What’s the definition of “organic” landscaping?

toddler in the garden with black eyed susansEvery year, we attend trade and garden shows where companies peddle their latest, greatest green wares. There is often someone promoting their “100% certified organic” 4-step lawn service, and I have fun pretending I’m a homeowner and grilling them about their methods. Why? Currently, no agency “certifies” landscape or lawn care practices or companies as organic. So, how do you know that your lawn service is keeping your family safe and your landscape healthy?

Here’s the deal:

OMRI (the Organic Materials Review Institute) certifies organic materials, like fertilizers and composts, and certified organic produce growers must use products certified by OMRI or other agencies.  The National Organic Program (NOP), part of the USDA also certifies organic produce, but not landscapers or ornamental growers.So, how do you know your landcare company is legit?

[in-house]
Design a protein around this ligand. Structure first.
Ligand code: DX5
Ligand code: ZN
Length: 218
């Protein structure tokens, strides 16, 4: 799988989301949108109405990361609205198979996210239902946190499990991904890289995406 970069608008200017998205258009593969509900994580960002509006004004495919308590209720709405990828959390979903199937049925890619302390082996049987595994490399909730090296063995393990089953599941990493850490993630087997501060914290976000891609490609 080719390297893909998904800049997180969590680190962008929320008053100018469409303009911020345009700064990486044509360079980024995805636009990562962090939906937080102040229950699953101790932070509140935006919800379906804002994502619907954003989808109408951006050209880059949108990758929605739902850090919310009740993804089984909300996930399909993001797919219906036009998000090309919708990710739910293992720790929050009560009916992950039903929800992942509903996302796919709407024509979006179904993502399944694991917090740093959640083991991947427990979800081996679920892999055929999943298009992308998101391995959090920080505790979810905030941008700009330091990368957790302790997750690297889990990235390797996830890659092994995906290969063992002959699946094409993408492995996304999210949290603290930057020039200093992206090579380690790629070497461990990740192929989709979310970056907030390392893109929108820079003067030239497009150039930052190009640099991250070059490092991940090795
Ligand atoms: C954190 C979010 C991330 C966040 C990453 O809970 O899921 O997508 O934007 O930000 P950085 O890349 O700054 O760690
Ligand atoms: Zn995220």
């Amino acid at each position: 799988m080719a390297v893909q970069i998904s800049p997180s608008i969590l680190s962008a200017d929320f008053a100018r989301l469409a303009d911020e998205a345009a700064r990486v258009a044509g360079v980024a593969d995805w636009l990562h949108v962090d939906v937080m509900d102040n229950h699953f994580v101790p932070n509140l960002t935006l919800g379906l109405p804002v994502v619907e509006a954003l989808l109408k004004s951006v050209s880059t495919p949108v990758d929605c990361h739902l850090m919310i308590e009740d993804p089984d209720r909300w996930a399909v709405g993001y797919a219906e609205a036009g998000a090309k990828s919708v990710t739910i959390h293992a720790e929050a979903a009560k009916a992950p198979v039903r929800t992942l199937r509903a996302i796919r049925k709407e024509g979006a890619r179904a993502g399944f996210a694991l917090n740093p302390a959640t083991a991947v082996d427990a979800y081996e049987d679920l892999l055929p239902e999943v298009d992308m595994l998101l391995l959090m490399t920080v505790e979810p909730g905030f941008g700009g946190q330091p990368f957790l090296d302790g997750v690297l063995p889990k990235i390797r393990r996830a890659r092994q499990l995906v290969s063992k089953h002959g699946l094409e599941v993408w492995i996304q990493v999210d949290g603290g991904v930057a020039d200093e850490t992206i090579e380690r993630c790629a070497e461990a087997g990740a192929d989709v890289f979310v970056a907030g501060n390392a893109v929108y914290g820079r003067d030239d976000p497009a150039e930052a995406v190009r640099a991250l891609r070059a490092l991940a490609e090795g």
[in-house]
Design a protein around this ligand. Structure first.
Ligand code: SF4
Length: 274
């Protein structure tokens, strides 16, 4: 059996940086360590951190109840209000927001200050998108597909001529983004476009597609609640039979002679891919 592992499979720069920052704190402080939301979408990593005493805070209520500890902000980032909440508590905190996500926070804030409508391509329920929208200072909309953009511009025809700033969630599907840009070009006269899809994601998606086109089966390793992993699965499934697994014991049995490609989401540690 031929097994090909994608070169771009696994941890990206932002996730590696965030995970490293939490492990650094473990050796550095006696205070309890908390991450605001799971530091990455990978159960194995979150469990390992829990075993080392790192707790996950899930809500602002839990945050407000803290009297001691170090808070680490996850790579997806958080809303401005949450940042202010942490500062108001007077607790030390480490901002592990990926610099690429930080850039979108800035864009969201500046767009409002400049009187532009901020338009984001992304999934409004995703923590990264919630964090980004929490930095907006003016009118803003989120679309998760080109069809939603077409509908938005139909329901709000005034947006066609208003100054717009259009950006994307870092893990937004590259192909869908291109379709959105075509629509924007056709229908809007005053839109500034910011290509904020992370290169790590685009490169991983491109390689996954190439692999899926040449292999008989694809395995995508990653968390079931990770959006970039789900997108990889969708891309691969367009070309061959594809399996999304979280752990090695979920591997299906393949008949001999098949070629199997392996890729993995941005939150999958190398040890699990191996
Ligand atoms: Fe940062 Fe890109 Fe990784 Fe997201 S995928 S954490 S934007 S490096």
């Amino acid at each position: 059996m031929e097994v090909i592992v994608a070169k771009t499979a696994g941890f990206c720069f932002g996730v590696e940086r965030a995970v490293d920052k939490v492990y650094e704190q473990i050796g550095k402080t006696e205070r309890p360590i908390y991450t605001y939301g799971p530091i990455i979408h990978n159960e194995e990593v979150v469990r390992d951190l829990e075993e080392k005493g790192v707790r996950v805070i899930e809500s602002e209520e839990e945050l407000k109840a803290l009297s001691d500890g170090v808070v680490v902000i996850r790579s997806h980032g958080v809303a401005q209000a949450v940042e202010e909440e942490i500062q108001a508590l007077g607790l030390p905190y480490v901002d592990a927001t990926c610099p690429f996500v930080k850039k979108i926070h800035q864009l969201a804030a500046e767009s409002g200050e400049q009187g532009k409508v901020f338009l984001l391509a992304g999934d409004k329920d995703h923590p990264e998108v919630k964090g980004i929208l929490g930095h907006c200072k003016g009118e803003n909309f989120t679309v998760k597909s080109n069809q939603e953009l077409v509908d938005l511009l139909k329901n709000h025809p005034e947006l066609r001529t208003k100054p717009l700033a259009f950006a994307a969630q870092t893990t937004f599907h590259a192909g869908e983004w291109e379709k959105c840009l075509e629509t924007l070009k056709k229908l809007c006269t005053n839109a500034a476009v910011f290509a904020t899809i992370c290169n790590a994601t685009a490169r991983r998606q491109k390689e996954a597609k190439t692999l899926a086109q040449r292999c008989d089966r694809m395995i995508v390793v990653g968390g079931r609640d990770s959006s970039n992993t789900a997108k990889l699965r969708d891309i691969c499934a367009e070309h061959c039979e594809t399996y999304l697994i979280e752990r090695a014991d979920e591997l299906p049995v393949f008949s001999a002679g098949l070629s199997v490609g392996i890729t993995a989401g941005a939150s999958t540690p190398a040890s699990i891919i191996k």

NOFA (the Northeast Organic Farming Association) was one of the leaders in certifying organic fruit, vegetable, and livestock production in the United States.  Now, they are the leaders in setting and training in a voluntary standard for organic lawn and landcare.  NOFA-Accredited Landcare Professionals pledge to maintain these standards in the landscapes we design, install, and maintain.  There is currently no audit or certification process beyond that.If your “all-natural” landscaper is not NOFA accredited, ask what materials, methods, and principles they use in their work.  Also, consider their overall business practices: if they are paying fair wages to their workers, providing proof of insurance and other certifications, and getting involved in serving their community, there is more of a likelihood that they are also “walking the talk” when they say that they are “green.” Greenscapes, a local environmental non-profit, has developed a helpful consumer guide for choosing an environmentally-responsible landscaper.